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Date:      Mon,  1 Feb 1999 10:56:42 UTC-0800
From:      Mark McCutcheon <mjmccut@cs.ubc.ca>
To:        freebsd-net@FreeBSD.ORG
Cc:        yu.shi@research.nokia.com
Subject:   Re: drop packets?
Message-ID:  <"14826*mjmccut@cs.ubc.ca"@MHS>
In-Reply-To: <199902010642.WAA25830@bubba.whistle.com>

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Archie Cobbs <archie@whistle.com> writes:

> Shi Yu writes:
>> When the IF output queue is full, the if_output simply drop
>> the packet!??
>
> What else are you going to do with it? :-)

Well, that's simple tail-drop queuing in a FIFO buffer.  It's
certainly the BSD kernel default, but there are arguably more
efficient queuing disciplines for some environments, such as
RED (random early detection) for TCP.  Kenjiro Cho (Sony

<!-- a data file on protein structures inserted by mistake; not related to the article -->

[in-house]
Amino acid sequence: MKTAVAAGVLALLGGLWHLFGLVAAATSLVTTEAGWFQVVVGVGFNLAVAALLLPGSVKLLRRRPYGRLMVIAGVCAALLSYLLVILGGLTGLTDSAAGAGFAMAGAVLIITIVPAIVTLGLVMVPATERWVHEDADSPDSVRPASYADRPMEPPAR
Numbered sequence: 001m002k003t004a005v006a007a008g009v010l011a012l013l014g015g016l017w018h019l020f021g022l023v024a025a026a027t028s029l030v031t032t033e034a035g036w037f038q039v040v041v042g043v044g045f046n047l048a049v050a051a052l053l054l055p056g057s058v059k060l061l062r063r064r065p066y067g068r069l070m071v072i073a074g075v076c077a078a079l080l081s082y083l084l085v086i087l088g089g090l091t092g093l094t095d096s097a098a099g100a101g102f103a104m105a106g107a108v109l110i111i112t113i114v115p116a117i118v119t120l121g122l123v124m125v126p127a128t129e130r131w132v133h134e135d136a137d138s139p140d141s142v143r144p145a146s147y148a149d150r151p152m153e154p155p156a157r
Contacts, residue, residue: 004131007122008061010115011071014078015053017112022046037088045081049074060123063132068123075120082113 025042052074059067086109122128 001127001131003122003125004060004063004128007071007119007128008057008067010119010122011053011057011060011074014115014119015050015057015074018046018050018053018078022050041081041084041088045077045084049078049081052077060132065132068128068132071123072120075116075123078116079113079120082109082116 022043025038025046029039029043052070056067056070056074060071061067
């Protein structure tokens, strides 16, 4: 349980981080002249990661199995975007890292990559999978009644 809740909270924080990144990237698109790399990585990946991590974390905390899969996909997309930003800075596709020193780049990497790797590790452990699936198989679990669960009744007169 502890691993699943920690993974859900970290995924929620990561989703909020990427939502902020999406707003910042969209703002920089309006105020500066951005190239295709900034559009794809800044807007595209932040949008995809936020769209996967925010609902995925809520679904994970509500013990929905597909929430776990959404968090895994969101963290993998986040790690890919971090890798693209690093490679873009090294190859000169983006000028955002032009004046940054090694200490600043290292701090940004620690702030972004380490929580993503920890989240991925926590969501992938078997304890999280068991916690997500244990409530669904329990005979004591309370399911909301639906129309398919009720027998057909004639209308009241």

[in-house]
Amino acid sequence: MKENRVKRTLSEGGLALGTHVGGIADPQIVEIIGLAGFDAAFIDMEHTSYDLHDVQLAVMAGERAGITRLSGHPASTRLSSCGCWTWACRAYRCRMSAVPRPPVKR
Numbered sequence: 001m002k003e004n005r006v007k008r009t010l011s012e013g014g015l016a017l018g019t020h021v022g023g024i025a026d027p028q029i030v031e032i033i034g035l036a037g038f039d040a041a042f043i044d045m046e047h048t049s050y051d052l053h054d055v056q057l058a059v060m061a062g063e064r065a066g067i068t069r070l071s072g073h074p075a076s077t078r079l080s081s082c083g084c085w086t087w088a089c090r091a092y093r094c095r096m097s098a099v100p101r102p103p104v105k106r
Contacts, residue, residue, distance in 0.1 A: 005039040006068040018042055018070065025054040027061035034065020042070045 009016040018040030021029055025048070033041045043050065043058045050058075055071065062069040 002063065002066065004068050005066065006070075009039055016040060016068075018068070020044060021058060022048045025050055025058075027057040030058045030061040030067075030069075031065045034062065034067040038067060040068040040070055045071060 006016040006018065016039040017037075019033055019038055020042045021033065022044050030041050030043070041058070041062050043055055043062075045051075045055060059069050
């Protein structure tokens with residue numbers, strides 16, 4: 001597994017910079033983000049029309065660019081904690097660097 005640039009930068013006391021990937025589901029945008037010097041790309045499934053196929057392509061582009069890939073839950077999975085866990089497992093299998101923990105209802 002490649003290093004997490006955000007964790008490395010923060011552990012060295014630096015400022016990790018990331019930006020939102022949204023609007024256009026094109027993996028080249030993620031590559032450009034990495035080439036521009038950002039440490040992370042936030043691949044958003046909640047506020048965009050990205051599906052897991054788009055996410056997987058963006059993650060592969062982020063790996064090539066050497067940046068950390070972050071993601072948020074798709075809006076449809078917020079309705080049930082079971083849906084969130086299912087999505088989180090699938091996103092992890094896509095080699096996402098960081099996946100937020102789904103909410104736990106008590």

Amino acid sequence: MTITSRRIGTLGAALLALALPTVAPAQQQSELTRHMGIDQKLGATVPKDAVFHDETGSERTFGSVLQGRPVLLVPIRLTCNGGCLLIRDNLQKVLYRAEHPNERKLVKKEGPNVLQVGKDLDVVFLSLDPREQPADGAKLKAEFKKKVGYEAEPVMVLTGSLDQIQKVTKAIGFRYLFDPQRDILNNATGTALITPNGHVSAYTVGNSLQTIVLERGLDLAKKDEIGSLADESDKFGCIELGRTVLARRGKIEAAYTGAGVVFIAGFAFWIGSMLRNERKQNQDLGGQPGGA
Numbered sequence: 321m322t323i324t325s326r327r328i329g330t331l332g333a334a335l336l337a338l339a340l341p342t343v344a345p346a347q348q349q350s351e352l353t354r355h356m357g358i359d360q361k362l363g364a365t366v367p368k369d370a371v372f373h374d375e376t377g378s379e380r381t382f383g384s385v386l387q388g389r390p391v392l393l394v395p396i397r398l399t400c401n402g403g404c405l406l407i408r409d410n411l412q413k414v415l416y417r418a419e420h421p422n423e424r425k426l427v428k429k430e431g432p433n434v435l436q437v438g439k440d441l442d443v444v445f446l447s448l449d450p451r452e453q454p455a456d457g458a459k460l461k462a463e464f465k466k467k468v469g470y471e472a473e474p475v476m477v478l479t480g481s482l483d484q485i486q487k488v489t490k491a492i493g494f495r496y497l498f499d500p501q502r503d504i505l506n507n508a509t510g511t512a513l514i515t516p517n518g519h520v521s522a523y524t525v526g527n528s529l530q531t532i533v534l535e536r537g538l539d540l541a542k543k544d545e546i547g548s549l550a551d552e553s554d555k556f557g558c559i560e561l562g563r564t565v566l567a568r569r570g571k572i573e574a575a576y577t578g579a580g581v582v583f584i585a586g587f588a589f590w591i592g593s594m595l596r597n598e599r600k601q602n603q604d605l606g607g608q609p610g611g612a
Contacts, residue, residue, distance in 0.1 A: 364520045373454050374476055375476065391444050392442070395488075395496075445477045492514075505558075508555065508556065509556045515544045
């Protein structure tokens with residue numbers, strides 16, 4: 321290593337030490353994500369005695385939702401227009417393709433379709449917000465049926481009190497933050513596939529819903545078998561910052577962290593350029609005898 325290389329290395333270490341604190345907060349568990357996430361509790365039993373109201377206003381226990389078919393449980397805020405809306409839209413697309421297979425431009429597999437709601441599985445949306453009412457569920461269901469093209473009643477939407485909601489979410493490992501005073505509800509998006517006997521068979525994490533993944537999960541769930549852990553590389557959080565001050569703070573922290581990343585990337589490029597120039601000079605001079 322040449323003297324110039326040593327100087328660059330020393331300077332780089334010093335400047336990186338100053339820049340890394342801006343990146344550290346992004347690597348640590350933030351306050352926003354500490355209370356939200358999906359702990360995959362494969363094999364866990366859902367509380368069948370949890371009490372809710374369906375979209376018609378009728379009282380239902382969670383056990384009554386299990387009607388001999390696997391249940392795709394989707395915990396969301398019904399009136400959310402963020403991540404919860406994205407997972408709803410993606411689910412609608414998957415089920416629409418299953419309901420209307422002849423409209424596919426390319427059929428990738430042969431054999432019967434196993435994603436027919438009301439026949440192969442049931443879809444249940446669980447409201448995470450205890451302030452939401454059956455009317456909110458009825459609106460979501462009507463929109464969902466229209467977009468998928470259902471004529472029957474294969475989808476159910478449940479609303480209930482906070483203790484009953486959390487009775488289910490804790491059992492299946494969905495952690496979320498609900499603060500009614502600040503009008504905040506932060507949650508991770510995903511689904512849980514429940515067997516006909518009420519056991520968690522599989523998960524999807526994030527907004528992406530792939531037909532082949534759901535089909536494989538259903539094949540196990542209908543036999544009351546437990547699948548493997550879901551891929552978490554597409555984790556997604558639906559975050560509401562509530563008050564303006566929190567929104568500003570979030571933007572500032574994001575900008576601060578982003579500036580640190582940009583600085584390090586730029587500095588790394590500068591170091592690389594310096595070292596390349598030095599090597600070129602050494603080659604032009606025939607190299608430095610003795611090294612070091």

Computer Science Lab) has developed an ALTQ (Alternate
Queuing) package for FreeBSD which implements RED, CQB, WFQ,
etc., as well as a template for developing your own queuing
schemes.  See:

  http://www.csl.sony.co.jp/person/kjc/programs.html

>> If the IF output queue is often full, why ip stack does not
>> get feedback from the driver and buffer the packets so that
>> less packets are dropped?
>
> I think ip_output() will return ENOBUFS, if anybody's
> listening.
>
> Anyway, the flow control problem was explicitly left *out* of
> the specification of IP packet delivery. IP packet delivery
> is only "best effort".. and that's exactly what you get.

I think that the intserv and diffserv people would be
disappointed to learn that  ;->

> Higher layer protocols are supposed to deal with flow control
> themselves. For example, TCP.

But many believe that routers need to help with this - hence
RED, RED with ECN, etc.  Also, FRED (fair random early drop)
and similar schemes have been designed to control queue
utilization even by greedy and ill-behaved UDP streams.  So
it's not just tail-drop FIFO anymore - heck, even Cisco's IOS
implements a number of these alternatives....

Mark


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